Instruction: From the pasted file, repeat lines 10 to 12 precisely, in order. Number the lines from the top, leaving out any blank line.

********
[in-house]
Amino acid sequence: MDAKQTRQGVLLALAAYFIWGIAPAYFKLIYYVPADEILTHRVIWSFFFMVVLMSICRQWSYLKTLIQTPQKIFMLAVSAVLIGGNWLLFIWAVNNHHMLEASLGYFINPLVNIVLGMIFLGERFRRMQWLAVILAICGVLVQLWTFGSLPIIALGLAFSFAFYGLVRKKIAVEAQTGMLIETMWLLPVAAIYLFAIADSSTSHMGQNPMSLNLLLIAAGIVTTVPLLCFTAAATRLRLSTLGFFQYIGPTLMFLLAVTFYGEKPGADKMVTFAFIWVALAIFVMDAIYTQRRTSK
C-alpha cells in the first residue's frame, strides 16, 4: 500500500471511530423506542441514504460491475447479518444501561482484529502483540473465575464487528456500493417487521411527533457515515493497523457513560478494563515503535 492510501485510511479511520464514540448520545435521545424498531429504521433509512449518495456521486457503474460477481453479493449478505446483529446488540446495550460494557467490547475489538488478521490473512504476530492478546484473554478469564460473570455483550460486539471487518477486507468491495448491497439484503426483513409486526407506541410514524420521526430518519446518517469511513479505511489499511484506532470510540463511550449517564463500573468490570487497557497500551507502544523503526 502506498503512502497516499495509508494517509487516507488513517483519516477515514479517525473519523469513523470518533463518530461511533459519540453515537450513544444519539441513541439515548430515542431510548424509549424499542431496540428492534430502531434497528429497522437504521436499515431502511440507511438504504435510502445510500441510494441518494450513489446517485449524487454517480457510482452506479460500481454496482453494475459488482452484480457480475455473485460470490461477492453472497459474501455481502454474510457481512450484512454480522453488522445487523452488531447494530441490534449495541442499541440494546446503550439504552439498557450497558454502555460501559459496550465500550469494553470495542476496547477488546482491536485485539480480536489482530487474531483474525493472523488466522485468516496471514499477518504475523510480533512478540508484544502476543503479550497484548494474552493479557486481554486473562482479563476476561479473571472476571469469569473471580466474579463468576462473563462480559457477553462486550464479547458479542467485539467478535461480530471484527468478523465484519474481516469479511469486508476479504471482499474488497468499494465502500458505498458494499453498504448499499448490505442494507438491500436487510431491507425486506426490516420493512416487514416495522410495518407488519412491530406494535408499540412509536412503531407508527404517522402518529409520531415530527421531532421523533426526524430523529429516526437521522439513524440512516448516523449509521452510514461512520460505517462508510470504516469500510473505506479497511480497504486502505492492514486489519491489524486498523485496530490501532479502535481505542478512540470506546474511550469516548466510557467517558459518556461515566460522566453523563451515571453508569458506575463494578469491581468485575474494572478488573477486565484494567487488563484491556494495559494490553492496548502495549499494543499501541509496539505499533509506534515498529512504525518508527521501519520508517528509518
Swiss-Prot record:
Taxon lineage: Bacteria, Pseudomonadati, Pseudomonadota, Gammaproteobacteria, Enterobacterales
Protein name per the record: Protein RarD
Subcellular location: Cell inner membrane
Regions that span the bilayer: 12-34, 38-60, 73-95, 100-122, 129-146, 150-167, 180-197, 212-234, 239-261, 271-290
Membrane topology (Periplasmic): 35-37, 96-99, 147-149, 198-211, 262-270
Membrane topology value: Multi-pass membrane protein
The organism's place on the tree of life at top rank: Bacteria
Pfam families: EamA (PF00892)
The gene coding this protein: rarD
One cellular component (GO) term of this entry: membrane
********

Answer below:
Membrane topology value: Multi-pass membrane protein
The organism's place on the tree of life at top rank: Bacteria
Pfam families: EamA (PF00892)